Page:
After Gov. Sisolak instituted emergency shutdown orders for Nevada businesses that went into effect March 20 to curb the spread of COVID-19 in the state and mandated all dispensaries move to delivery only, Oasis, like the approximately 70 cannabis retailers in the state, had to make incredibly sudden, difficult changes in a highly regulated industry, Glashow says.
“We had to make a remarkable pivot, I will say one of the hardest things I’ve had to do professionally,” Glashow says. “Delivery is one of the most difficult aspects of the business. Being able to deliver and deliver timely and profitably is very, very difficult. … You’re almost losing control of your product when it goes out the door.”
During the first weekend of in-store sales at Oasis in Las Vegas after the temporary shutdown orders to prevent the spread of COVID-19 lifted, 500 customers shopped there, with about 50% in-store and 30% still choosing curbside pickup, Glashow says. The store must limit its capacity to 10 or less customers per the state. Photo courtesy of Oasis.
Oasis was handling about 300 to 400 deliveries a day, with a group of about 50 drivers the company could call upon to deliver cannabis, Glashow says, when Gov. Sisolak opened up curbside pickup to dispensaries May 1.
Having more options than delivery-only is a welcome change for Oasis, as the service is expensive to offer.
“My view is that it’s going to cost you more than you thought to deliver, and it’s going to take you longer than you expected in order to get all of your systems in place. This pivot was very, very difficult,” Glashow says. “Part of that was because we were overwhelmed with the demand of our customers that wanted cannabis delivered. We did everything that we could.”
Wiegand echoes this sentiment about the challenges and expense of offering delivery, which both companies have a minimum for. Initially, The+Source did not have a minimum for curbside pickup, but implemented one after realizing it was not feasible to handle small orders and still meet demand.
“We have completely pivoted our business three or four times at this point. That’s a challenging thing to do from a leadership perspective,” Wiegand says, adding that the “very nimble and agile” team has made these changes possible even in the highly regulated cannabis industry. “It’s really challenging when you constantly have to change how you operate … Literally overnight having to rewrite SOPs and train the team, get everybody set up.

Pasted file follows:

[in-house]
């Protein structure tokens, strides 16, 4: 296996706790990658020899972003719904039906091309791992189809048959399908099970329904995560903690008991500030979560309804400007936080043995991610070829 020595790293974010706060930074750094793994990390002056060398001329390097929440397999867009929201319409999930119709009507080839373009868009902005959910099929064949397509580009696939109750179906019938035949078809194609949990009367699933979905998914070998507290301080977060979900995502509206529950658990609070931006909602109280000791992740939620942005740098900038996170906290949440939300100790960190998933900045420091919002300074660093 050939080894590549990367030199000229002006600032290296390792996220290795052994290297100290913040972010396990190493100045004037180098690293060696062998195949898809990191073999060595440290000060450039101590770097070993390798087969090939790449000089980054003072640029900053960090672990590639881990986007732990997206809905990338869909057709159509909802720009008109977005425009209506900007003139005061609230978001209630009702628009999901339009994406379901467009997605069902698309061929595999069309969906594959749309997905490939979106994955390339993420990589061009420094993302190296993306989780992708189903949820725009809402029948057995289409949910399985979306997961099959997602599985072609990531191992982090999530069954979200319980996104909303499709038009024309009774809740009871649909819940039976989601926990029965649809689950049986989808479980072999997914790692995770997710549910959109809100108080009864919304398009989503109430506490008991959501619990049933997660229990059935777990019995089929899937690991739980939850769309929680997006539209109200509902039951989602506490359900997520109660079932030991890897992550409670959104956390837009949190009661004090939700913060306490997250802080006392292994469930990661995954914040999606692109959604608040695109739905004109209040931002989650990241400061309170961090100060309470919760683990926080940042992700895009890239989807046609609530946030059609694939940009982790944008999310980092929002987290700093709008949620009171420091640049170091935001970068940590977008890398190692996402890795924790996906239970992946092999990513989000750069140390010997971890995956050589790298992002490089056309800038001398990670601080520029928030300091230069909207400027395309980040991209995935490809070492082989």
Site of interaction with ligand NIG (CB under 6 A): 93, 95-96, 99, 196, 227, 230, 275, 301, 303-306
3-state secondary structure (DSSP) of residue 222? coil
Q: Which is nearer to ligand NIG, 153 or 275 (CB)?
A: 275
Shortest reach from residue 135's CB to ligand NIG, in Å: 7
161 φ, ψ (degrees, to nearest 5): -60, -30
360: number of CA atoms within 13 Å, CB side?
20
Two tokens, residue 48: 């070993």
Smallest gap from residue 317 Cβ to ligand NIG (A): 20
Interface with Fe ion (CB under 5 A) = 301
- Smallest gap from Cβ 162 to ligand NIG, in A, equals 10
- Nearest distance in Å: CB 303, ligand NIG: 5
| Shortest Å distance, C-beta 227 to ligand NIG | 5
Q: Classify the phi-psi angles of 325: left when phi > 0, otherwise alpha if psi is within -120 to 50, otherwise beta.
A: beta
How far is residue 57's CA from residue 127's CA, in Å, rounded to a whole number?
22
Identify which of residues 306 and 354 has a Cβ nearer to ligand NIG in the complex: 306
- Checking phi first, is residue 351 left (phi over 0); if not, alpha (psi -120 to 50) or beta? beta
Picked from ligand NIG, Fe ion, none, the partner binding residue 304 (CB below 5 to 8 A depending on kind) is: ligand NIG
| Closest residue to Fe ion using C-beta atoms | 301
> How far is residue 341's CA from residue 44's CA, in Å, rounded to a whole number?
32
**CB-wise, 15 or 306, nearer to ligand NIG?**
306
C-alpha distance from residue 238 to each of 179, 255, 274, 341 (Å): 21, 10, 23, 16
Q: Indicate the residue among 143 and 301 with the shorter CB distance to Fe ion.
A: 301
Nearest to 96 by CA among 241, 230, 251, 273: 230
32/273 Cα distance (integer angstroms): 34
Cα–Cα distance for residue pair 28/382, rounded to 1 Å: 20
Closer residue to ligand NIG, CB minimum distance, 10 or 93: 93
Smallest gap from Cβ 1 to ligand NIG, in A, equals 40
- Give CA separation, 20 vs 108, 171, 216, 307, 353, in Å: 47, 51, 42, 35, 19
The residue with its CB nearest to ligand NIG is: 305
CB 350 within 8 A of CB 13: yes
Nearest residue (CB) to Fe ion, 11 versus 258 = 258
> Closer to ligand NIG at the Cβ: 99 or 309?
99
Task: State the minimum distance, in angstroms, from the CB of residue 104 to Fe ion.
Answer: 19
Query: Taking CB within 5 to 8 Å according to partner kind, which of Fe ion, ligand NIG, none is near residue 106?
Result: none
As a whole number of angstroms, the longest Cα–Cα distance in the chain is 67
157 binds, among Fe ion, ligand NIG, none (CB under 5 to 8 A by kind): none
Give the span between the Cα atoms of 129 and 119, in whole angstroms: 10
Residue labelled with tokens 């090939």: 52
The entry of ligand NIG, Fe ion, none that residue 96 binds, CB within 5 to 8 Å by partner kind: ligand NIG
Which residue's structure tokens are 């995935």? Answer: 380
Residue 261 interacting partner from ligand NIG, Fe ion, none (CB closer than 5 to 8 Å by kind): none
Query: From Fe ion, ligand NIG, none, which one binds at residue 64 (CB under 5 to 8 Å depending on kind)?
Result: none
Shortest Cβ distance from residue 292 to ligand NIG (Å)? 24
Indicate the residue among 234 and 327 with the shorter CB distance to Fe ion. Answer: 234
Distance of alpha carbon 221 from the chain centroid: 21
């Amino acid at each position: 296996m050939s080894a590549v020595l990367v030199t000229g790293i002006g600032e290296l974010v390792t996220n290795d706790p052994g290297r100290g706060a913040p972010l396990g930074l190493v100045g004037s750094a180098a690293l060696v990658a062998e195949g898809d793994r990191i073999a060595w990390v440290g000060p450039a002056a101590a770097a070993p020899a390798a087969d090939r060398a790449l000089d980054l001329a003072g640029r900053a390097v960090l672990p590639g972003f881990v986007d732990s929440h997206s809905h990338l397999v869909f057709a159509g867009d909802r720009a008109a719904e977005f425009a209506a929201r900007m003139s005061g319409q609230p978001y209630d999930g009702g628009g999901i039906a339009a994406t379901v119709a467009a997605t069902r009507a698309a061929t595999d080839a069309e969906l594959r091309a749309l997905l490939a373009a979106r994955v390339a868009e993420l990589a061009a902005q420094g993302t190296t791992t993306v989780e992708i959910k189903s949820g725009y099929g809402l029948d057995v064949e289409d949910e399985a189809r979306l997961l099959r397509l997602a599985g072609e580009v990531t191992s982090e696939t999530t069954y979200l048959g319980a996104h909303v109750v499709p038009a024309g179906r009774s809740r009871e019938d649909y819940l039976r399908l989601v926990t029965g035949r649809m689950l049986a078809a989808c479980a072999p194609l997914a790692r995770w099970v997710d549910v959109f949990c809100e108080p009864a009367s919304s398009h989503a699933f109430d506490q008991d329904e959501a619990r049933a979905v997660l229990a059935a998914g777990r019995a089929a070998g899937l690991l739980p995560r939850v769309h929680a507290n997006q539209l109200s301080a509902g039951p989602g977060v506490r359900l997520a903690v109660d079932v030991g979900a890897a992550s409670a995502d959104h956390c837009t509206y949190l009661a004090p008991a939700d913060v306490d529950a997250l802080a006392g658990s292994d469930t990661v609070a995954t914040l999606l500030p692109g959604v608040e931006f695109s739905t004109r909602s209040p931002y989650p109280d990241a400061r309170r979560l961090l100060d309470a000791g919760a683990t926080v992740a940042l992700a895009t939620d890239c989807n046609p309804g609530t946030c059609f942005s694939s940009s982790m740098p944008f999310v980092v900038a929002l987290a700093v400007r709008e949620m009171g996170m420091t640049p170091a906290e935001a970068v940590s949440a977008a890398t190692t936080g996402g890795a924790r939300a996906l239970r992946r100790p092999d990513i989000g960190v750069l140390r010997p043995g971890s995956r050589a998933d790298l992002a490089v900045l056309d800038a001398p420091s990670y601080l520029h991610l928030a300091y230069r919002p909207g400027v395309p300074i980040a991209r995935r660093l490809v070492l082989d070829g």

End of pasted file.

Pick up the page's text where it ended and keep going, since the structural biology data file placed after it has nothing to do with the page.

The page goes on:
“We’re used to dodging and weaving the changing regulations, but this has been more intense than what we’ve dealt with in the past, but not foreign.”
One of the immediate lessons learned for Glashow during the COVID-19 pandemic is when transitioning to a new business model, don’t rush, he says. However, that can be difficult when the response to the pandemic to keep people safe necessitates that you change the way you provide cannabis to customers with 24 hours’ notice.
Plus, much of the economy in the state, especially Las Vegas, relies on sales from tourists, gaming and entertainment, Glashow says.
“[In March], you just turned the switch off. It didn’t filter off, it just went from on to off,” he says. However, Oasis’ customer base is 90% locals and 10% tourists, he says, putting the company in a good position and the opportunity to serve their already loyal consumers. Their customers, just as before the pandemic, primarily purchase flower, with 70 to 75% of sales being from that category alone, Glashow says.
“My own personal view of the world is in Las Vegas, it will be the first quarter of 2021 before you get another surge in tourism,” he says.
Farris says while Planet 13’s customer base was 85% tourists before the pandemic, they’ve seen a demand from local customers and quickly scaled delivery during the seven weeks the store was shut down. Moving forward, he hopes state officials consult with cannabis companies for feedback on how to safely operate before implementing new policies.
“We operate, on a monthly basis, anywhere from 9% to 12% of the state sales as a dispensary. You think that based on the sheer volume that we do that they would ask us for some insights on how to deal with this,” Farris says. “Our door is always open, … and we’ll continue to follow the rules and handle whatever ordinance is put in place. These are unique times that we’re in.”
Since the COVID-19 pandemic necessitated emergency orders to shutdown nonessential businesses and change the operations of those able to remain open, industry leaders to politicians have noted the extra challenge for cannabis companies, as they don't have access to the federal relief funds available to other industries. Wiegand says this is a perfect time to look at reform, especially 280E and access to banking.
“[We do] the majority of our transactions in cash because we’re limited to what payment options are out there,” Wiegand says, adding that contactless payment has been the preferred method to reduce transmission of the virus, but often is not an option for cannabis companies. “There’s little things this pandemic has highlighted and eliminated. The cannabis industry being deemed essential by the states but still considered illegal at the federal level without access to any kind of stimulus or support has been a challenge. It necessitates the need to for a discussion around what could that reform look like? How do we resolve 280E and how do we get access to banking?”